Advancing Digital Entrepreneurship and Financial Inclusion in Côte d’Ivoire

Challenge

In Côte d’Ivoire, many individuals and small businesses are financially excluded and access to finance can be difficult. Women are particularly disadvantaged, although mobile money has helped close the gender gap in access to financial services. According to the 2017 Global Findex database, which tracks financial inclusion and access to finance, only 41% of Ivorian citizens had access to financial services. The study identified 37 Fintech initiatives, many of which are affected by a lack of funding, limited business and digital skills, and an unclear operating environment. Three major challenges prevent Côte d’Ivoire from fully reaping the benefits of a digital economy through the full participation of its citizens and businesses: (i) limited digital inclusion in rural areas; (ii) poor policy and regulation; and (iii) gaps in private sector development financing.

Approach

Based on documentary research, questionnaires and interviews, the study assessed the constraints to the development of Fintech. He suggested ways to improve digital financial inclusion for poor households and micro-entrepreneurs, including women. He specifically focused on the legal and policy framework, financial and telecommunications infrastructure, and business environment for Fintech startups. This analytical work gave rise to a multi-stakeholder workshop, as recommended by the Bank. The workshop aimed to improve the enabling environment for Fintechs, as well as boost financial inclusion. The event, organized on October 21 and 22, 2021, enabled the creation of a roadmap for 2022-2024 to improve the Fintech sector in Côte d’Ivoire. The workshop also proposed actions to be undertaken in four key areas: the legal and regulatory framework, access to financing, capacity building and the organization of the Fintech ecosystem.

Results

The study revealed the potential for developing a new generation of financial service providers. He also identified the capacity building needs of Fintech companies. Over time, efforts for a more enabling environment should promote private sector-led growth and human capital development in Côte d’Ivoire. Based on the results of the study, the Agency for Financial Inclusion (APIF) has taken concrete measures in the form of stakeholder workshops, contributions to future regulations, as well as the organization of forums to help Fintech companies access markets and finance by developing marketing ideas and building business skills.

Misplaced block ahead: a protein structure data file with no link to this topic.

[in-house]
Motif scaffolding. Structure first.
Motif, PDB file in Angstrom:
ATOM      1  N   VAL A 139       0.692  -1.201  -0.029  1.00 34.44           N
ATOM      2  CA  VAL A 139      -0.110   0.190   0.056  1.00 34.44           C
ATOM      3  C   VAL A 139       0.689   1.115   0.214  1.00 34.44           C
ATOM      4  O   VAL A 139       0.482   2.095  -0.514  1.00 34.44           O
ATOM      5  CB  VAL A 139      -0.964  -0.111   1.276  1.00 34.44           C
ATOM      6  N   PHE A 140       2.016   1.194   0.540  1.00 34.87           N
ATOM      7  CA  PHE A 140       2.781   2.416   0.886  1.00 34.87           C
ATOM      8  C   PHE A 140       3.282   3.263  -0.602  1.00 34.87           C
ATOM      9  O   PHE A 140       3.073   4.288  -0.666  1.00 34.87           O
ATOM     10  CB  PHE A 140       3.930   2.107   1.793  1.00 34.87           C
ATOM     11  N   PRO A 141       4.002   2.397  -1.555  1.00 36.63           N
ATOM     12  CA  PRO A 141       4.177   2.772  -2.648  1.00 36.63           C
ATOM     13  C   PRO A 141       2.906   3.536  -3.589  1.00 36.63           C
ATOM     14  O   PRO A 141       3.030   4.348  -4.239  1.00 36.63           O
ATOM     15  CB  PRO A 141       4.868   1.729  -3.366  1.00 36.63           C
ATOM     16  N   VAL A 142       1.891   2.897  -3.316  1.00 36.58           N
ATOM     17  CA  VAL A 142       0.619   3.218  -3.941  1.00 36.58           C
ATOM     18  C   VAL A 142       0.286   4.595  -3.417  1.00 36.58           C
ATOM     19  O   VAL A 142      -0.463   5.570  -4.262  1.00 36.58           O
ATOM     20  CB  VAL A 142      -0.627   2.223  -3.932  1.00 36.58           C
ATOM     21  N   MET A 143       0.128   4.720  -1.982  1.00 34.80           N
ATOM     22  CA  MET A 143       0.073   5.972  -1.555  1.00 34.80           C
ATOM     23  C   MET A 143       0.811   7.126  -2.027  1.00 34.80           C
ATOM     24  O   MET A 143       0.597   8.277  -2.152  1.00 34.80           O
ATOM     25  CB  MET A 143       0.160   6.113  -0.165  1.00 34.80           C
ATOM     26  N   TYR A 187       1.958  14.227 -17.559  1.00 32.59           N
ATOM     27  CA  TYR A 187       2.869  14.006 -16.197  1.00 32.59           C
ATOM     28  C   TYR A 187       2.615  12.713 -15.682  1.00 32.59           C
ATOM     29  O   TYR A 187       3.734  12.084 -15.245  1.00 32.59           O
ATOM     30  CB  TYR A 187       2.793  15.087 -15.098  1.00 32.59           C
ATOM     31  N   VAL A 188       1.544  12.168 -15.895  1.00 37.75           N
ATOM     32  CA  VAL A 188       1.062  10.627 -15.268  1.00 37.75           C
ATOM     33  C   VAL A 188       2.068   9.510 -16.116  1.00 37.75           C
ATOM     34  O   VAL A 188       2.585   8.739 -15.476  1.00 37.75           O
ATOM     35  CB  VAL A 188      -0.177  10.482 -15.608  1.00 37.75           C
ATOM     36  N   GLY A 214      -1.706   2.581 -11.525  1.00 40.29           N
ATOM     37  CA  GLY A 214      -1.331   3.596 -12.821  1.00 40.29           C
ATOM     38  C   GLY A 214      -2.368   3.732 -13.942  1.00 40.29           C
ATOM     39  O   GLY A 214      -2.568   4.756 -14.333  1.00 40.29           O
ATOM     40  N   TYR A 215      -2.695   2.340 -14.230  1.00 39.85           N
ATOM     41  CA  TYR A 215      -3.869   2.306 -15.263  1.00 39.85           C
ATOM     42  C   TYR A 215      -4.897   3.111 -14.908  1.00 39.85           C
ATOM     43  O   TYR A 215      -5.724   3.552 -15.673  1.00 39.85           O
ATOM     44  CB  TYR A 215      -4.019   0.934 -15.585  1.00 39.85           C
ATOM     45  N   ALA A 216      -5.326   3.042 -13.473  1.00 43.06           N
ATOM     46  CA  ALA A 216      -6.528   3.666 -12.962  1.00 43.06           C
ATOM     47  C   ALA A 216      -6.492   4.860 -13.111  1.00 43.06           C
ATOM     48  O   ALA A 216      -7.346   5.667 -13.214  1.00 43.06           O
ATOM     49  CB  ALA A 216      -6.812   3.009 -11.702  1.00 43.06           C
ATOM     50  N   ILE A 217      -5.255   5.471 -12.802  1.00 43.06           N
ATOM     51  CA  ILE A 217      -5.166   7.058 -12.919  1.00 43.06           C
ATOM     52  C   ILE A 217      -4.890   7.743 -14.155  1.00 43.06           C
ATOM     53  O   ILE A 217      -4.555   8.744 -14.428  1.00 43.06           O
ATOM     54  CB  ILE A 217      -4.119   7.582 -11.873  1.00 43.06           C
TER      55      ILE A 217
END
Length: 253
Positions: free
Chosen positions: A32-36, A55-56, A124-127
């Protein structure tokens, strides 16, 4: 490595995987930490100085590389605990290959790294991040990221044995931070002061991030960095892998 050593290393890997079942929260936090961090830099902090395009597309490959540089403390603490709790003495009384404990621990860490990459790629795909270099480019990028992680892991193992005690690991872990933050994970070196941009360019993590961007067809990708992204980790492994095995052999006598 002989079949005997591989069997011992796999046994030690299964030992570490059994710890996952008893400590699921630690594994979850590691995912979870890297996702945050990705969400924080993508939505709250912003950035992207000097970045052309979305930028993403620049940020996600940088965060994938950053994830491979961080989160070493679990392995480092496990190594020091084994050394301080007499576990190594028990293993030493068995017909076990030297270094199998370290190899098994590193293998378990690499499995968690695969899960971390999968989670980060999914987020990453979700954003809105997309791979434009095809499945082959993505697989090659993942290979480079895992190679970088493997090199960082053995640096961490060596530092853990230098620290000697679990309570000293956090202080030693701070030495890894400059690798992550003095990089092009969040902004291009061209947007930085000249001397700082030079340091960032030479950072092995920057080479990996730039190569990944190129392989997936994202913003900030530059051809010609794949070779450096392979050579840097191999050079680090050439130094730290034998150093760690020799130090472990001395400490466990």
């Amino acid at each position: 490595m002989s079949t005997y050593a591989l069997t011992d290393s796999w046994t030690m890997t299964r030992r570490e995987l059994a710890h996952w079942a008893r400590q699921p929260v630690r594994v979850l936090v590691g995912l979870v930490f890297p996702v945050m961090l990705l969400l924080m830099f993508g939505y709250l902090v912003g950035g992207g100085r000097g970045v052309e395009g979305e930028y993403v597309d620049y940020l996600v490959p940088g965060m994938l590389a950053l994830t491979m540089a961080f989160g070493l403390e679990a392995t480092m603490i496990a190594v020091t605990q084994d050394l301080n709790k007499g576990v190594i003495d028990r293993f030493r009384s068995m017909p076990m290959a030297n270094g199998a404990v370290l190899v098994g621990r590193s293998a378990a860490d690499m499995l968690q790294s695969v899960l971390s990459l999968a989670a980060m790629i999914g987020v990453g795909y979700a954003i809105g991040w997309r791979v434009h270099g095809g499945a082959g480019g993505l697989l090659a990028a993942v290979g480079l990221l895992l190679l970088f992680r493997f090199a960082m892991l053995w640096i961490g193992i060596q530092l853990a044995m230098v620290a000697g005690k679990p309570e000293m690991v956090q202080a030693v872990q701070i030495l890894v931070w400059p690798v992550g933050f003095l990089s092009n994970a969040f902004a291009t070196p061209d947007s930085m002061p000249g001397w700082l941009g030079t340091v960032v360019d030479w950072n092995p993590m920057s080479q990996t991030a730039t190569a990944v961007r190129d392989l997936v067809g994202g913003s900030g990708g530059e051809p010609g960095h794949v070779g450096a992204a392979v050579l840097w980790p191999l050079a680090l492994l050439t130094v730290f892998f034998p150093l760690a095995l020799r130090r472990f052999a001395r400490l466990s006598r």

The study identified a pronounced gender gap in the Fintech sector, finding that women run only 2 of the 37 Fintech companies operating in Côte d’Ivoire. He also found that most companies operate in urban areas, leaving rural parts of the country without access. The findings led to several recommendations aimed at reducing gender and urban-rural gaps in access to digital financial services. Specifically, the action plan sets out commitments to: (i) increase women’s interest in technology-enabled financial products; (ii) integrating financial education modules into women’s literacy programs; (iii) sensitize rural populations to the use of Fintech services and products; and (iv) support the creation of incubators in each district of the country.

The results of these actions are expected to help the country achieve the financial inclusion goals set out in the recently approved project to “Improve Government Effectiveness for Improved Public Services” for Côte d’Ivoire. Ivory.

Bank Group Contribution

The study was conducted as part of the Côte d’Ivoire Employment and Economic Transformation Project which was approved in June 2021.

The partners

The Bank team worked with the French Development Agency (AFD) to raise funds for the Agency for Financial Inclusion. AFD also played a key role in providing a technical review of the study.

Look forward

Going forward, the government plans to implement 2022-2024 roadmap to improve Fintech in Côte d’Ivoire. In this regard, it incorporated key recommendations from the World Bank study, including actions to improve alternative finance, promote female-led fintechs, as well as gender-focused product designs. The roadmap is expected to contribute to ongoing work related to reviewing the enabling environment for fintech in the West African Economic and Monetary Union (UEMOA). Efforts are being led by the Central Bank of West African States (BCEAO), including the creation of an innovation laboratory at the national level. Additionally, the roadmap includes measures to build the capacity of fintech business owners and strengthen fintech support organizations, such as incubators. The Bank team also shared the report with regulators in Madagascar and Nigeria. Both countries found the study useful and requested the Bank’s support for a similar study using the same methodology. The Central Bank of Madagascar will host its first Fintech workshop on June 17, 2022, thanks to the joint support of the World Bank and the International Finance Corporation (IFC).

Beneficiary story/quote

As a female entrepreneur, I was delighted to have the opportunity to be part of the Regulatory Committee set up by the Côte d’Ivoire Agency for Financial Inclusion (APIF) as part of this initiative supported by the World Bank. APIF is the first public institution to allow Fintechs in Côte d’Ivoire to be heard. This initiative brought together key players in the financial services ecosystem, who jointly worked on a roadmap for the development of Fintech in order to accelerate innovation and financial access.” said Nadine Ebelle Kotto, CEO of MQash. (MQash is a Fintech specialized in providing innovative market solutions in the payment industry).

About Eleanor Blackburn

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